Healthy Heart Care Tips for Everyone
by Jamie LoberGood cardiovascular health starts with knowing the numbers. “You can have some control over weight, blood pressure, cholesterol and sugar through non-pharmacological means,” says Dr. James Kmetzo, a cardiologist at Doylestown Hospital. Under the guidance of a health professional, anyone can set goals for proper diet, exercise and screenings. Here are some basic guidelines to consider.
Screenings are Important
People do not always know they have a heart issue. The critical screening measures recommended by the American Heart Association for individuals over 20 are weight, body mass index (BMI), blood pressure and a fasting lipoprotein profile (total cholesterol, as well as a breakdown of high-density lipoprotein and low-density lipoprotein types, as well as triglycerides). Waist circumference is sometimes needed to help evaluate cardiovascular risk. Not all of these tests need to be done every year, but patients should discuss them with their doctors along with lifestyle factors like smoking, physical activity and diet. A blood glucose test is recommended every three years for people 45 and over.
Being screened, understanding the test results and knowing the optimum range for heart health indicators helps us keep our heart in check. Guidelines and individual circumstances change, so consistent and regular checkups are vital. Regarding blood pressure, Kmetzo remarks: “Unfortunately, they have relaxed the guidelines and slacked it off to somewhere between 140/50 and 140/90, whereas the previous guideline had been 130/90, so many people fall through the cracks. Sometimes with blood pressure elevated for a while, you can get dizziness, change in vision or headaches.” Someone with coronary disease may have angina, shortness of breath or chest discomfort upon exertion.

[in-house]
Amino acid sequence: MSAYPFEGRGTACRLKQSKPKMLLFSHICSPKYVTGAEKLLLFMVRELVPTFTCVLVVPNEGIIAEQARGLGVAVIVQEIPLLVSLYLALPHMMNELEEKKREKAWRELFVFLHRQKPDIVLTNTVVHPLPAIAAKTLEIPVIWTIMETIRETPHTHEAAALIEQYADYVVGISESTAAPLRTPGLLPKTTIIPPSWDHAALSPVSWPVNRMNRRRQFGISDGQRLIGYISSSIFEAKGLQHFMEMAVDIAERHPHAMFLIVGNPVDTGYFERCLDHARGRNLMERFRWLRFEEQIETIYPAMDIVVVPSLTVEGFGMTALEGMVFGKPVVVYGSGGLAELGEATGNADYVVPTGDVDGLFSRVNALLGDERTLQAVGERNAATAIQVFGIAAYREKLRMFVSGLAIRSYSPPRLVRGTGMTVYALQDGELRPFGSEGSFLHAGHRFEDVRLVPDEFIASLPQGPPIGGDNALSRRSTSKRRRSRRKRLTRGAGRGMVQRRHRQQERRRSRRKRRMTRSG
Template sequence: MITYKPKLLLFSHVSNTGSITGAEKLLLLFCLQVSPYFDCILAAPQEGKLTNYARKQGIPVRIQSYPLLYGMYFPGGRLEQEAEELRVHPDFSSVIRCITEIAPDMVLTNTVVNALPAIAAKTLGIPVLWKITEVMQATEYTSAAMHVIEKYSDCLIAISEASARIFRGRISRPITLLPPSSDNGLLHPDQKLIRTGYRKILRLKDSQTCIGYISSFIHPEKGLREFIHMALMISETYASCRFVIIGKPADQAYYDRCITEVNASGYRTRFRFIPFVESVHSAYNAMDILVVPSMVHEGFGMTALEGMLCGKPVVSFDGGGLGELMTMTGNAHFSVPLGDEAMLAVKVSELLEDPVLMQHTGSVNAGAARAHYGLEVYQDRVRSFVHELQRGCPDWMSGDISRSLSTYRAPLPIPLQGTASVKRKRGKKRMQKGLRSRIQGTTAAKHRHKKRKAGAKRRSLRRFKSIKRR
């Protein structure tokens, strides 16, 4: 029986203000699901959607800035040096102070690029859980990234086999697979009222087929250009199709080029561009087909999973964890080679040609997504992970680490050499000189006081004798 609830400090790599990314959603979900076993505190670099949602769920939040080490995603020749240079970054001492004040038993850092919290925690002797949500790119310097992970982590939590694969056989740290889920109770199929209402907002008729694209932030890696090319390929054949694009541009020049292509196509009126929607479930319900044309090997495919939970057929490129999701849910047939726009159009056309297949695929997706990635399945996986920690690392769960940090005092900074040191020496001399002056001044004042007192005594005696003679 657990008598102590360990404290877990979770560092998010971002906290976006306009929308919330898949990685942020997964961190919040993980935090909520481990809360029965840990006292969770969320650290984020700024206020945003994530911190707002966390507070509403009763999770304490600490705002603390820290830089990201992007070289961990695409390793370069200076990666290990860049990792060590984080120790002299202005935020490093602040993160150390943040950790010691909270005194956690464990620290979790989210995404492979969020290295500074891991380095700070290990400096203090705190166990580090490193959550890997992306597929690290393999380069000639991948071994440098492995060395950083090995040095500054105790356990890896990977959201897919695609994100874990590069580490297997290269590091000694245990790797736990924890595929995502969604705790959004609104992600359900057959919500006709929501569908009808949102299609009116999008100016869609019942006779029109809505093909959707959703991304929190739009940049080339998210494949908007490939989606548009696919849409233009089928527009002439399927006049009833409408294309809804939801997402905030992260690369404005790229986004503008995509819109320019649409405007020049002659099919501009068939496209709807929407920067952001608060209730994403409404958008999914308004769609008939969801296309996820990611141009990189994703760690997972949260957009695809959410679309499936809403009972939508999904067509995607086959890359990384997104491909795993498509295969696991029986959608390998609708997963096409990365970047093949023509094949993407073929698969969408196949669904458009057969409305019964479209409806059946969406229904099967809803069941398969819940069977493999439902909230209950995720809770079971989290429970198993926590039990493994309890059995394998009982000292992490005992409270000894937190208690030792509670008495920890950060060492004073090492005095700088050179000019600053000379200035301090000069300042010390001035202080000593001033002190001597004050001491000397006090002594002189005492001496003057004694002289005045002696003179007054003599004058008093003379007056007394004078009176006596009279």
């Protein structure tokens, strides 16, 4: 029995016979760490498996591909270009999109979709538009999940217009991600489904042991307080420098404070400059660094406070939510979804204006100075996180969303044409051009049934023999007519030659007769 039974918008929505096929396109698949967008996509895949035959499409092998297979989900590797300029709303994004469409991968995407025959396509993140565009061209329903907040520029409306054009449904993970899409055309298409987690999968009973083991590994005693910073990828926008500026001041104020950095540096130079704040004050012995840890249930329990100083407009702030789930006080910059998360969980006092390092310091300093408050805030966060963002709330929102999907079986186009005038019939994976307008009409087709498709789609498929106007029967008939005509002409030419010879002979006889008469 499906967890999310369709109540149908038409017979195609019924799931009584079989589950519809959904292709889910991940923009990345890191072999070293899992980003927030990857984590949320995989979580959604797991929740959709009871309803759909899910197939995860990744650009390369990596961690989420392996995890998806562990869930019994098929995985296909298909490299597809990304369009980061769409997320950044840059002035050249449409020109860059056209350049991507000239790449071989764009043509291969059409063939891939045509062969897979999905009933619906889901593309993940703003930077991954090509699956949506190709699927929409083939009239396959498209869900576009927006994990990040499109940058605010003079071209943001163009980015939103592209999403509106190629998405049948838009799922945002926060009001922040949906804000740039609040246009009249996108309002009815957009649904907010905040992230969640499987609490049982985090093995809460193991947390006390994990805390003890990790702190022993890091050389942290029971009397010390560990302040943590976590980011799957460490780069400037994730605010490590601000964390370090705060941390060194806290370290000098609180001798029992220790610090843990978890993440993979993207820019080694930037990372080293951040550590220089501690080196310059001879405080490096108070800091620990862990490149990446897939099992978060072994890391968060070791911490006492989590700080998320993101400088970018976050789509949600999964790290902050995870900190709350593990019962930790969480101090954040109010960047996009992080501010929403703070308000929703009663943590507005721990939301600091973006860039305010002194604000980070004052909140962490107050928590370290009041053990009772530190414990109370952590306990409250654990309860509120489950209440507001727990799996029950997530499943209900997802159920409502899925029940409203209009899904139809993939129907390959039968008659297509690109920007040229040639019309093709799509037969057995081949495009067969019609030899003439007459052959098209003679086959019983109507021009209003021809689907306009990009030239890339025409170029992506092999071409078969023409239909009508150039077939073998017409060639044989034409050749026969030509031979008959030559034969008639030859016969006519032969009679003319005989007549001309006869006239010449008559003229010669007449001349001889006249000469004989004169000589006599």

Some Risk Factors can be Controlled Maintaining the proper weight and a health daily diet is crucial. Kmetzo suggests limiting fat, especially saturated fat, as well as cholesterol, calories and salt. “Cheese is an item you want to stay away from since it has cholesterol and salt,” he states. Read labels, and look to fish, pork and chicken as substitutes for red meat.
Movement is another key to a healthy heart. “When you wake up in the morning, ask yourself when, not if, you are going to exercise,” advises Kmetzo. He recommends 45 minutes per day of exercise four to five times a week. Simply walking or doing anything aerobic is beneficial.
The goal is to maintain the optimum body mass index and blood pressure. “I ask people to buy a blood pressure cuff and check their blood pressure on occasion and to have a scale in the bathroom to weigh themselves,” comments Kmetzo.
Never feel discouraged. “Heart disease is common, and there are probably 80 million Americans with hypertension, which is just high blood pressure,” says Kmetzo. “There is no reason why you cannot improve your overall profile with lifestyle modifications, medications and regular follow-up appointments with a team that includes the family doctor and cardiologist.”